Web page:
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Power supply question for 3x EasyDriver

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#1 Archangle Nexus

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Posted 31 July 2015 - 12:10 AM

Recently, i decided to build a small desktop CNC machine. Mainly, because i have too much free time :D

The question i have is this:

I plan on using 3 of the EasyDriver stepper controllers, however, I'm unsure what is, and is not safe for these boards where power is concerned.

The product page says they are rated for:

  • Maximum Voltage: 30V
  • Maximum Current: 750mA/phase

My question, i suppose would be, what is a "safe" power supply to run 3 of these boards, as well as maintain longevity of the devices?
I.E. what voltage / amperage total would be recommended?

I was looking at a 24v 10amp supply, but perhaps the amperage is too high.

Thank you in advance for any thoughts, suggestions, or ideas.


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#2 Nathan House

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Posted 31 July 2015 - 05:10 PM

Sorry for not getting back with your sooner...


Very cool project! I built a desktop CNC for drilling PCBs a few years ago and it was a blast. Here's some info on my project:





Definitely check out this website if you haven't already: http://www.cnczone.com/forums/


What are the max voltage and current ratings for your stepper motor?


The power supply you're looking at is just fine. The higher the voltage the better (the stepper motor will turn faster), and the current rating just means that's the maximum current it can provide. The current rating can be a little confusing, because it doesn't mean that there will always be 10A flowing through the power supply -- it just means the power supply can provide/supply that much current if the circuit connected to it tries to draw that much.


If the maximum current rating for your stepper motor is less than 750mA (the max current the EasyDriver will supply), then you will want to adjust the output current by turning the potentiometer on the EasyDriver.


If you're new to stepper motors, I just Google'd and found what looks like a decent tutorial for Arduino and the EasyDriver: http://bildr.org/2011/06/easydriver/


TLDR: the power supply and EasyDriver's should be fine for small to medium stepper motors!


Let me know if you have any further questions. I'm happy to help!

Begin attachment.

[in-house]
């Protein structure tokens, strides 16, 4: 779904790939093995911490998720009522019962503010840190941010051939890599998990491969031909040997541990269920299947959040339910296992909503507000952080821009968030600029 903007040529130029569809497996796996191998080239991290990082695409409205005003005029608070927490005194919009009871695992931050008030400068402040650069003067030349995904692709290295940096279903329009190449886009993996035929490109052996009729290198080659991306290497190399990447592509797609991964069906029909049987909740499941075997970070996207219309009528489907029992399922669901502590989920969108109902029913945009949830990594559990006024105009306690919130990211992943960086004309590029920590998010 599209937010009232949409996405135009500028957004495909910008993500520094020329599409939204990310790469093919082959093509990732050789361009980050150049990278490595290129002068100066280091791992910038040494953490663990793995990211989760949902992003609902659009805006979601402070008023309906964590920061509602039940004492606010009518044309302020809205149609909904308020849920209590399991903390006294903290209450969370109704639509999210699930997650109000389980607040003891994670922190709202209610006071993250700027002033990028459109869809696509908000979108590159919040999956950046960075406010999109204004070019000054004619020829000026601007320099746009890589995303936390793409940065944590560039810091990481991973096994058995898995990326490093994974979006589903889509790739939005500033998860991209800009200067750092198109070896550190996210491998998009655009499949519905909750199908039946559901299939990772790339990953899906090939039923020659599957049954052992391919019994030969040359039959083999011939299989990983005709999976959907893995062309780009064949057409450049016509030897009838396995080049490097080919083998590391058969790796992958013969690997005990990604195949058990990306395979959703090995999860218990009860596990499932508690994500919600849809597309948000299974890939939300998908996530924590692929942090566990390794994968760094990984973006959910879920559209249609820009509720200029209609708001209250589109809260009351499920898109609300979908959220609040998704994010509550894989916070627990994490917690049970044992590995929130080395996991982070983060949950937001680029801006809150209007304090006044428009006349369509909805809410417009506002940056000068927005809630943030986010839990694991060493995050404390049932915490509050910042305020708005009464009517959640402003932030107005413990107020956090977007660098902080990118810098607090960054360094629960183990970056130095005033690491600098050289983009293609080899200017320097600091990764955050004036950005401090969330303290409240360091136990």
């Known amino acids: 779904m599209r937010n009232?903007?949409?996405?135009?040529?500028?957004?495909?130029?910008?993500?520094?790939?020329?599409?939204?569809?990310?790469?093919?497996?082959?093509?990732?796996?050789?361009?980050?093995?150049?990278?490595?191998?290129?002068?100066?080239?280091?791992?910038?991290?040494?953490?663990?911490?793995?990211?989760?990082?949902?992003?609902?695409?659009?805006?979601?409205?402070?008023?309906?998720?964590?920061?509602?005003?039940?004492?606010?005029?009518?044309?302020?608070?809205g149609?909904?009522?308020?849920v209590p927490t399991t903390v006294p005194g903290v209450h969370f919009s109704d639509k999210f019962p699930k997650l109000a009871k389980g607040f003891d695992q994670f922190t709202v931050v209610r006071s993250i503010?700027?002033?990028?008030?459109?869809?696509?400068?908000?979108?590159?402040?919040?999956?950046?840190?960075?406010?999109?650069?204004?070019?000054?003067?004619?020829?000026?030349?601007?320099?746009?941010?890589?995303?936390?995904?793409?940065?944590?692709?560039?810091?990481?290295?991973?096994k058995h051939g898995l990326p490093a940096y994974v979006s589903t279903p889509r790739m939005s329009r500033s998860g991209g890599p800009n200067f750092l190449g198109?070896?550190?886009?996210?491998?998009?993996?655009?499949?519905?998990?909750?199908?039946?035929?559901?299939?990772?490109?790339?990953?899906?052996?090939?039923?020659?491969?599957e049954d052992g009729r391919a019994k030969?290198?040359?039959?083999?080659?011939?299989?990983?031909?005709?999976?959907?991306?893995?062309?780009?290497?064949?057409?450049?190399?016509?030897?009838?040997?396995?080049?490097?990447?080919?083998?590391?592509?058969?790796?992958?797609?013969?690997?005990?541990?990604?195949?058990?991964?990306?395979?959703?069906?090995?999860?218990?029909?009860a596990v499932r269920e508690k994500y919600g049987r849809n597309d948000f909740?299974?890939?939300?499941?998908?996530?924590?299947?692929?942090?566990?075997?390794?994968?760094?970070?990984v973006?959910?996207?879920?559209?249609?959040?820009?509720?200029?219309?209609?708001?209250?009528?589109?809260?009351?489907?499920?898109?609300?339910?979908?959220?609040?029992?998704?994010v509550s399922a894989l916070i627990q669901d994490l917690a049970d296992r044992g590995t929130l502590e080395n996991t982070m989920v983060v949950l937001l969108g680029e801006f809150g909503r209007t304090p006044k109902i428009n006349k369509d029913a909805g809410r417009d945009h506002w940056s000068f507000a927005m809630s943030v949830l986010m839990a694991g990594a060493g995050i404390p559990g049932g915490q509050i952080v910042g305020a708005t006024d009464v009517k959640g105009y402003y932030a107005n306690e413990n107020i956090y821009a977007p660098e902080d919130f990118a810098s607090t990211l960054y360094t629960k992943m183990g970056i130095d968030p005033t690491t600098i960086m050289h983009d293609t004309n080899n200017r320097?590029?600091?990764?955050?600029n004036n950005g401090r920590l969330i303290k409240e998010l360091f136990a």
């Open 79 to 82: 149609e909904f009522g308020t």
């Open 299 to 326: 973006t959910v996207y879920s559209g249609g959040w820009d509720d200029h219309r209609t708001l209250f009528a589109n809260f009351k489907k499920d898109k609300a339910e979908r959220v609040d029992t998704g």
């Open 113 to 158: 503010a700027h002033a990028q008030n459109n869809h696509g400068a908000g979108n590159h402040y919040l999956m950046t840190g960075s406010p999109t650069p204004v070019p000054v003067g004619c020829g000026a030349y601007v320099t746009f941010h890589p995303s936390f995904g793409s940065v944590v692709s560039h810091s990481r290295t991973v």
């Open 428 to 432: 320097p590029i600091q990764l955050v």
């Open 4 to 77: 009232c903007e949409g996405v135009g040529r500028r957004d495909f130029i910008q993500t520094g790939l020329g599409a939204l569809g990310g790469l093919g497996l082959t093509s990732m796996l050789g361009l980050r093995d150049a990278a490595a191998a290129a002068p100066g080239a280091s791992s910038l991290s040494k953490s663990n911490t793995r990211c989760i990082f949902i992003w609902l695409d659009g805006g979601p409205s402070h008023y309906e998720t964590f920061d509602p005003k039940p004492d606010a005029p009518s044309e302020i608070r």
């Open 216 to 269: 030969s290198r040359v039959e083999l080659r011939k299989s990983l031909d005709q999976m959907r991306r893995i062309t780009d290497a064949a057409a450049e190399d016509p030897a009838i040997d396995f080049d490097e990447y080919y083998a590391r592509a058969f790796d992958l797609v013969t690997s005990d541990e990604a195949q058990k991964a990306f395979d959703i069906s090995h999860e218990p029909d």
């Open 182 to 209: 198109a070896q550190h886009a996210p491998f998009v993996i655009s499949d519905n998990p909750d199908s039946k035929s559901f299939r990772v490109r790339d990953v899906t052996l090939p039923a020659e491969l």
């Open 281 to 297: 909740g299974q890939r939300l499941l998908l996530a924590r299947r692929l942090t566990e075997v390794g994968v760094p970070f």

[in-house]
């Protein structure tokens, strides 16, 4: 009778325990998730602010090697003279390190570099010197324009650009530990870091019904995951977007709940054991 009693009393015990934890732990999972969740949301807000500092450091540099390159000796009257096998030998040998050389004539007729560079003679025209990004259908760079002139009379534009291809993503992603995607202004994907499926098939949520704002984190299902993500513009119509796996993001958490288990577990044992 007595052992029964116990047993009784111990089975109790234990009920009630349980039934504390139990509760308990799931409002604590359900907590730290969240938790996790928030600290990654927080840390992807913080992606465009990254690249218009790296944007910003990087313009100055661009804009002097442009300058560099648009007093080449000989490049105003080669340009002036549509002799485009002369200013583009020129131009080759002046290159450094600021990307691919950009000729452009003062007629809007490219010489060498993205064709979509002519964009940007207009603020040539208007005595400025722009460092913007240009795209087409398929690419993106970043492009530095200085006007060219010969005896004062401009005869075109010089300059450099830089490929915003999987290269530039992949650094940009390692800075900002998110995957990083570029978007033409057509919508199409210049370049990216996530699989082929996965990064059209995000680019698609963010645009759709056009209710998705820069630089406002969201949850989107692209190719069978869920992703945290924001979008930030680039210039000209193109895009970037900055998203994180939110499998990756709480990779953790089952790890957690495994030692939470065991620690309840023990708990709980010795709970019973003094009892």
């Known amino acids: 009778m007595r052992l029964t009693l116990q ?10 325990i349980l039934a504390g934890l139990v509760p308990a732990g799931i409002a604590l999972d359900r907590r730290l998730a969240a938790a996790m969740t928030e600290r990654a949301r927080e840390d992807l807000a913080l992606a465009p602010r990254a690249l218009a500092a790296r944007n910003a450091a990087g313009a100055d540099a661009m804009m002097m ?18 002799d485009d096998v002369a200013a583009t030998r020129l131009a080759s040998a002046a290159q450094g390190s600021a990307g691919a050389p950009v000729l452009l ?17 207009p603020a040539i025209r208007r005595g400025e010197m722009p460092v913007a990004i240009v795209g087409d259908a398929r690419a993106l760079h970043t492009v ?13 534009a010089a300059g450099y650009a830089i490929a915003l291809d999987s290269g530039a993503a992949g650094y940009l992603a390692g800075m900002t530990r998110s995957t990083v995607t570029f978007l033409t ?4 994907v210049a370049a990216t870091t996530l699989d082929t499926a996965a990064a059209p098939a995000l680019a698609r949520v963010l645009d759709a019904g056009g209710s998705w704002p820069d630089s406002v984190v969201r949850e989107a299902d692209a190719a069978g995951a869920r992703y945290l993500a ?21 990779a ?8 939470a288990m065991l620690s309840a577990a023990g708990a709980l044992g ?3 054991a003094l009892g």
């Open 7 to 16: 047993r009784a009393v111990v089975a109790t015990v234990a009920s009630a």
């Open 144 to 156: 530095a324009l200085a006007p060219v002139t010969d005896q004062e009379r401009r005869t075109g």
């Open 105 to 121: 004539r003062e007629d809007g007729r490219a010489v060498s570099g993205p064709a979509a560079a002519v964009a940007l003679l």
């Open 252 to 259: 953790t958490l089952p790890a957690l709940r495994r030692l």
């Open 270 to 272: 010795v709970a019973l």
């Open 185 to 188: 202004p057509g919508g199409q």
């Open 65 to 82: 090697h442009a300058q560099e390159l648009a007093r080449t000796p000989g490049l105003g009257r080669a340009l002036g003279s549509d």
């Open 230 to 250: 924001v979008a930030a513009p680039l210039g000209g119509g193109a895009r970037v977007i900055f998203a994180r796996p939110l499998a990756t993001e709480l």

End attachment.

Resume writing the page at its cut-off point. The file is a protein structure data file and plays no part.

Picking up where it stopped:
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#3 Archangle Nexus

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Posted 01 August 2015 - 04:17 AM

Thanks for the info.
After posting this, i did a little more digging around, and realized that my initial assumption that the ED board itself could only accept that amount of current was incorrect. Your post further clarifies this.

The motors are Nema 17's rated for 1.5amp/phase current.

As for the build itself, i'm planning on using 20mm x 60mm V-Slot rails from open builds.

The configuration i'm planning will have a stationary work bed, with two 20mm x 60mm x 500mm rails on either side to support a gantry  that uses a 20mm x 60mm x 500mm rail to span across the work area, and a vertical 20mm x 60mm x 100mm rail for depth.

This should give me a pretty nice work area as the X, and Y axis will have the same dimensions, and the Z axis can be adjusted by swapping out the gantry plates on either side to  provide more or less clearance for the work piece as needed.

I'm also currently building a project box to house the funduino, ED's, power supply, and 2x 40mm fans for ventilation, with a custom PCB built to plug the ED's onto, the arduino, and limit switches it also has two RJ45's as output so i can keep the "brains" of the operation a safe distance from dust, debris that the machine will create.

On the machine itself, i will be placing a small custom PCB with two RJ45's, as input from the funduino box, and it will have 6x 2pin connectors for limit switches, as 3x 4pin connectors for the steppers.

It's kind of a modular approach, but i feel it's worth the little exra work to make sure the PC, and the funduino components are safe from the mayhem of potential metal chips, wood and plastics dust, and the occasional broken end mill that may go flying if i decide to drunk-dial the monstrosity :P

As you'll be able to see in the below images, the ED's will plug directly onto the board, and limit switches, and stepper signals are all sent through CAT5. I chose that method as it's inexpensive, and quite easy to create your own length of cables. (Note however, i did NOT consider crossed wire cables, so you'll have to make your own :P)

The main board also has ports for directly connecting your steppers without using the RJ45's. This is actually a vestigial feature from an earlier version of the board, but i've decided to keep them as "test" ports.

Also, to minimize the footprint of the second board, and maintain simplicity, all resistors for the limit switches are on the main board.

Here's the fritz images on the two custom boards (NOTE: They are dual layer)
Connection Board for back of CNC machine:

3Axis Easy Driver Plug-n-Pray Board:


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#4 KarelBlagg



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Posted 18 November 2015 - 03:58 PM

I want to know about this CNC machine. I am an electronics hardware designer and most of the time i have to make my PCBs.

Can you please tell em all the specifications of this machine?

What are its hardware components and which softwares are compatible with this machine?

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